How long will the church's voice be drowned out by the roar of the enemy?
After reading this book, you will understand the critical issues threatening the spread of the gospel in America, and how you can play a part and no longer be a "silent lamb" drowned out by the voices of secularism, liberalism, and pagan thinking in America.
If you are a conservative living in America today, there is a target on your back. If you are a Christian conservative, that target is even bigger. If you are a Christian conservative who refuses to bow down to the spirit of the age, the spirit of political correctness, that target is so big that you are a marked man or woman. A person like that--like you!--must be silenced.
So says today's cultural elite, who are making it increasingly difficult for Christians to stand up and live out their faith. In The Silencing of the Lambs
, Dr. Michael L. Brown lays out what is happening in the world around us--from the assault on children in schools and on college campuses to the unprecedented censorship of Christians and conservatives through Big Tech. He then maps out strategies for how we can turn the pitfalls into platforms and find courage in the midst of opposition.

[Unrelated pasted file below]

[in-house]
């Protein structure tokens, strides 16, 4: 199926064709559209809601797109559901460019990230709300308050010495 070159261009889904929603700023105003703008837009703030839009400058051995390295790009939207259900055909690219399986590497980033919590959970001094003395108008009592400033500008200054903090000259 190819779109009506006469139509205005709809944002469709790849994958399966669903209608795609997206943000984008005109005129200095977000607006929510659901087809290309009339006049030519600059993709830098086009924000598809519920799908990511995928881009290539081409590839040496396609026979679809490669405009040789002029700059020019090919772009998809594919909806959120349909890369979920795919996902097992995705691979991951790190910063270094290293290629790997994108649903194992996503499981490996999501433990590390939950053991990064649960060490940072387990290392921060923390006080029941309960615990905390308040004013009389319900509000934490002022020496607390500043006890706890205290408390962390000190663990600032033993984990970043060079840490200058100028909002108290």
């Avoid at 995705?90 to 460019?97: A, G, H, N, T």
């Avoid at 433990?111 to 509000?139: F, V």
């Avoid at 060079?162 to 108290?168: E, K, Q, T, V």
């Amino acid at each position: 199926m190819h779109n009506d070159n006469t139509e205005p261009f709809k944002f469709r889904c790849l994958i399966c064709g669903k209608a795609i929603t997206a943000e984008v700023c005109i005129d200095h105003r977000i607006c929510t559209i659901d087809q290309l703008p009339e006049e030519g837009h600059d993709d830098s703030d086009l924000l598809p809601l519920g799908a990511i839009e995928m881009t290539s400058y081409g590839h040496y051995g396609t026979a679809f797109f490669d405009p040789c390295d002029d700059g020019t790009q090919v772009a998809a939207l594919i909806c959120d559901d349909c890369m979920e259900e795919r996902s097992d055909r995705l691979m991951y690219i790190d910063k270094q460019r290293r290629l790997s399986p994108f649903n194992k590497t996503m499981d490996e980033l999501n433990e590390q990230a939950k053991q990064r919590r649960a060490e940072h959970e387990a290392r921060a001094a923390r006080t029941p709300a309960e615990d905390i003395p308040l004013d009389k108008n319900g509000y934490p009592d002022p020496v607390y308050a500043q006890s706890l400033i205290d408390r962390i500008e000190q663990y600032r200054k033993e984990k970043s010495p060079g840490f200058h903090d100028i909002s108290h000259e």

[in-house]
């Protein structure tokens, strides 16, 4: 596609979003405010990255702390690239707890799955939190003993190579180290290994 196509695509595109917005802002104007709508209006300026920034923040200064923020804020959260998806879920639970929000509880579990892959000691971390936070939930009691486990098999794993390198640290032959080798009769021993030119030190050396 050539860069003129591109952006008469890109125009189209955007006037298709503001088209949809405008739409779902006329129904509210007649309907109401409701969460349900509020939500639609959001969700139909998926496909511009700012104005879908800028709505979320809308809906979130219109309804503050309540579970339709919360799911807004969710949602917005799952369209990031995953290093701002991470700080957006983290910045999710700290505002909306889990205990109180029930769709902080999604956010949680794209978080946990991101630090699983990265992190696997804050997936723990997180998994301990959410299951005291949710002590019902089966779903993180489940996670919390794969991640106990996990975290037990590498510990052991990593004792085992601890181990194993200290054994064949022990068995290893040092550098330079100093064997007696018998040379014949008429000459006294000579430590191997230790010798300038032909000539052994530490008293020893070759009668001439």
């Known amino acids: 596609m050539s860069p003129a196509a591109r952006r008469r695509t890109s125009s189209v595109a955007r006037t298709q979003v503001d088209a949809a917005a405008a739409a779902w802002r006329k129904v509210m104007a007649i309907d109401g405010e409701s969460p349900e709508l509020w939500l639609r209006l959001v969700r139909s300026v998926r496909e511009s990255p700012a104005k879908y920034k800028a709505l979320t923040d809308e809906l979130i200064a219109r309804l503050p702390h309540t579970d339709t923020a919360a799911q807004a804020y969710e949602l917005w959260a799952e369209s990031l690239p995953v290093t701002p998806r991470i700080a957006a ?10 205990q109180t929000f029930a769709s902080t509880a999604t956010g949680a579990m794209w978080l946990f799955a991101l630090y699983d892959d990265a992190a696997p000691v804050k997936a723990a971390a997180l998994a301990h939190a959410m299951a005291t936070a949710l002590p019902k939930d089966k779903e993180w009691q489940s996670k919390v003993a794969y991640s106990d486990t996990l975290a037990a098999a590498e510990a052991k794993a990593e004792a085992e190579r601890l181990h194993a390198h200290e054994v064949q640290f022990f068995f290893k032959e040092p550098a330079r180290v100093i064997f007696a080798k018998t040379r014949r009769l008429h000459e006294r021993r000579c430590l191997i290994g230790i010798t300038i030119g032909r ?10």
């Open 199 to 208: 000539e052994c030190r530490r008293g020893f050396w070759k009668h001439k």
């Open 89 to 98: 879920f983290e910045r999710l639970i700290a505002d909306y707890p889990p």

The Word of God cannot be bound. The church cannot be cancelled. This book sounds the alarm, alerting Christians to the increasing censorship, opposition, and even persecution believers are facing today, and calls them to remove the muzzle, take their place as the church in this nation, and turn the tide.Author:
Michael L. BrownPublisher:
About the Author
Michael L. Brown, PhD, is founder and president of AskDrBrown Ministries and president of FIRE School of Ministry. The author of more than thirty-five books, he is also the host of the nationally syndicated daily talk radio show The Line of Fire, as well as the host of shows on GOD TV, NRBTV, and METV. His syndicated columns appear on many leading websites, and his scholarly publications range from biblical commentaries to articles in Semitic journals and theological dictionaries. He has served as an adjunct or visiting professor at seven leading seminaries and has debated gay activists, agnostic professors, and Orthodox rabbis on university campuses